My dad died this week. This is a story I wrote a couple of years ago about him.
Last Sunday morning, as I enjoyed the silence and my first cup of coffee, I started to hear some strange noises. Bump…..bump……bump.
Silence again. Then the faint but unmistakeable sound of footsteps. Another bump. Long silence. A few more footsteps. Another bump. They were coming from the attic. Squirrels? Mice?
I did what I usually do when confronted with the grim prospect of a household chore that could not be immediately subcontracted. I ignored it.
But the noises grew louder and louder. Clearly someone or something was rummaging through our attic. It had to be a bear. Or Big Foot. No ordinary human would venture to the nether regions of our garage.
I ran to the garage and saw the attic door open and my wife casting boxes everywhere.
“What are you doing?” I yelled.
“Where is the box with the Beanie Babies?”
The Beanie Babies-those tiny stuffed animals that were all the rage in the early ’90’s. When they first appeared we bought some for our kids. Then my wife got wind that they might be a collector’s item, so we bought several hundred more, left the tags attached and put them directly in a box in the attic. Seemed like a pretty solid retirement plan. Incubate those gems for a couple of decades and, in the event Ross Perot wasn’t able save America from economic ruin, sell them on the open market. Index funds are for suckers.
“Well? Aren’t you going to help me look?”
I climbed midway up the ladder when I was struck by a horrible thought.
“I think we gave them to Goodwill.”
“You better not have given them to Goodwill!”
“Why do you need them?”
“Just start looking.”
I found myself rummaging through several sizable mounds of worthless residue accumulated over the past 25 years.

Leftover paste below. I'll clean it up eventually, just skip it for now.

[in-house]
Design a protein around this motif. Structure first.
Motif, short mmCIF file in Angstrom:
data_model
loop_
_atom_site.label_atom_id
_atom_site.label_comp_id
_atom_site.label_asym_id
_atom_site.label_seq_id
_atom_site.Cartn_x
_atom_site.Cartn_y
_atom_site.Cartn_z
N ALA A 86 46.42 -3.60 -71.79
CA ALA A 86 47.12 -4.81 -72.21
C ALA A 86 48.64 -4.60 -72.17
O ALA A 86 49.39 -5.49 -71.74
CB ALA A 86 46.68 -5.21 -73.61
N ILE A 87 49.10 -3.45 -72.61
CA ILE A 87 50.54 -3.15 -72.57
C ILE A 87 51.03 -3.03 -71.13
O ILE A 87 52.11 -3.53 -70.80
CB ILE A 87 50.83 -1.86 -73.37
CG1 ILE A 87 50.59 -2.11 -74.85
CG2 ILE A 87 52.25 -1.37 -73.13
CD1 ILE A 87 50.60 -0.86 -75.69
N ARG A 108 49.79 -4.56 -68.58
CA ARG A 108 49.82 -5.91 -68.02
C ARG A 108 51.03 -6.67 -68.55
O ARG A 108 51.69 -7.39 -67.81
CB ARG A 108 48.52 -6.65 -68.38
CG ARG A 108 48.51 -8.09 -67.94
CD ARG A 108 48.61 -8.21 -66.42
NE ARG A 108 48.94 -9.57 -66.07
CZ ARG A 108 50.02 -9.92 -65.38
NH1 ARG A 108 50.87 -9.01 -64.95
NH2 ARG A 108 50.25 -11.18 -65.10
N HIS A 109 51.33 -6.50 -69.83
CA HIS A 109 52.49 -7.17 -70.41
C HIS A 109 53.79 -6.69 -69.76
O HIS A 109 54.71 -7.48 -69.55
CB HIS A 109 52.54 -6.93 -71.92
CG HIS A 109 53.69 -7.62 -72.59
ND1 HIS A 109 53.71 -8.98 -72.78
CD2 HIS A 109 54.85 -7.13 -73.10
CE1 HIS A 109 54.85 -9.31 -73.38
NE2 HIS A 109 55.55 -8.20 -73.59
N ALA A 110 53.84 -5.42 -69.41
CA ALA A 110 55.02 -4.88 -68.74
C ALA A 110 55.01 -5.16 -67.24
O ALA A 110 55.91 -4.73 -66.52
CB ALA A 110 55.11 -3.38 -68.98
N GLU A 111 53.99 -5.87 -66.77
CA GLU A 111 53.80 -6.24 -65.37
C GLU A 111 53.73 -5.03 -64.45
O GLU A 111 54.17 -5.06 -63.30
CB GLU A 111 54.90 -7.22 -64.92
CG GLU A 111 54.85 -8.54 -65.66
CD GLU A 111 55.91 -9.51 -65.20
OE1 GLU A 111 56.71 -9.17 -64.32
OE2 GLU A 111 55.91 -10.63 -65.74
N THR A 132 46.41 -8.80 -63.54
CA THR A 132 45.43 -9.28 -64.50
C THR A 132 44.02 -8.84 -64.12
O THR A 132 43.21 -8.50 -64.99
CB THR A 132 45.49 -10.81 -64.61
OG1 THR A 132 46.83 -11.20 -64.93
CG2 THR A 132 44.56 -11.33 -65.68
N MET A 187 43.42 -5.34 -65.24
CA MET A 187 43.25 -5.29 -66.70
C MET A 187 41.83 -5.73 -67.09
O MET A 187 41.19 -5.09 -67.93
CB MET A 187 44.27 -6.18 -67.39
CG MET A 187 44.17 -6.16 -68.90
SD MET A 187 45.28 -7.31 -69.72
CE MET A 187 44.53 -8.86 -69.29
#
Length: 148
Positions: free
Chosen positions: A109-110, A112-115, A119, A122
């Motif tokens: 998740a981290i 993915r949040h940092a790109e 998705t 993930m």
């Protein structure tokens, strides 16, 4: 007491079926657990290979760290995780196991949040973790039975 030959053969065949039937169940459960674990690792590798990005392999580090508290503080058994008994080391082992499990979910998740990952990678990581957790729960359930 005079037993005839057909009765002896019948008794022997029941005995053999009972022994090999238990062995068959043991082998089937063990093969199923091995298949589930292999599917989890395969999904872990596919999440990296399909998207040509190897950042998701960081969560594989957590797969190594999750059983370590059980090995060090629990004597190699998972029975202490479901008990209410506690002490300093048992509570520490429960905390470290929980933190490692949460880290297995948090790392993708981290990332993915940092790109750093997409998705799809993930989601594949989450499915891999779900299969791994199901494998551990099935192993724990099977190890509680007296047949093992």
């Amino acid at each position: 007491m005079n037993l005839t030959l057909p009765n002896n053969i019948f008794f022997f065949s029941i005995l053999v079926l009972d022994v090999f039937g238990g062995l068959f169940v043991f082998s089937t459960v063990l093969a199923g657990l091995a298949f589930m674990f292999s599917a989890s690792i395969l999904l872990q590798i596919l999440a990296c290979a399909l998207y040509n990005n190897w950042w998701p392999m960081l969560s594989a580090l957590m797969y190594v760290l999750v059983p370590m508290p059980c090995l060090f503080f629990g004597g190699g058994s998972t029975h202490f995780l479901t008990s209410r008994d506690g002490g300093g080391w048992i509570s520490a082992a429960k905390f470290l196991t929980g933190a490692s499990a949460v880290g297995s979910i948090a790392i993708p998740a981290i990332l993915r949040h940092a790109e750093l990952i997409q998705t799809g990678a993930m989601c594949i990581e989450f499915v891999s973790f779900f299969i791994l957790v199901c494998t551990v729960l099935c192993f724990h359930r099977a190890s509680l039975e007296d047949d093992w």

My wife was going at this with great gusto. Finally, she confessed in a conspiratorial whisper.
“The Princess Di Bear is worth $75,000.”
I was careful. My wife tends to mishear things. She still thinks the chorus to “Beasts of Burden” is “I’ll never leave your pizza burnin’.” She also once called our kids’ school to protest when she heard the cafeteria was serving fish dicks.
“$75,000? That’s impossible.”
“Yes. $75,000. I saw it on the internet.”
So it had to be true.
I guess it couldn’t hurt. Just a couple of years ago some lucky bastard in Toulouse, France stumbled upon a Caravaggio worth $136 million when he was having his roof repaired.
After about 30 minutes planting the seedlings of asbestosis in my lungs, I gave up. I can safely confirm that I don’t own a Honus Wagner baseball card or an original Van Gogh. Or, alas, it would appear, a Princess Di beanie baby.
This isn’t too surprising. I’m not much of a collector. That’s not to say it isn’t in my genes.
My dad was a hell of a trader. He would drag us to flea markets and estate sales almost every Saturday morning growing up. He would move through the tables with the grace of a lumberjack. He had an aura of flea market mogul about him. There could be a hundred people standing at a table of junk and my dad would always be the one who caught the vendor’s wary eye.
“What you lookin’ for?”
“Not buyin’ today. Just out with the kids.”
He paused for awhile over some old, wooden fishing lures while the vendor, a bear of a man in bib overalls, tried to resist the tractor beam. Then after just the right length of time had passed, my dad walked away.
“Them’s wood minnows. Company that makes ’em went out of business 40 years ago” the vendor called after my dad.
My dad was already across the way at a competitor’s table where he paid a dollar for some old postcards. I kept glancing back at the fishing lures salesman. My instincts told me we still had some unfinished business.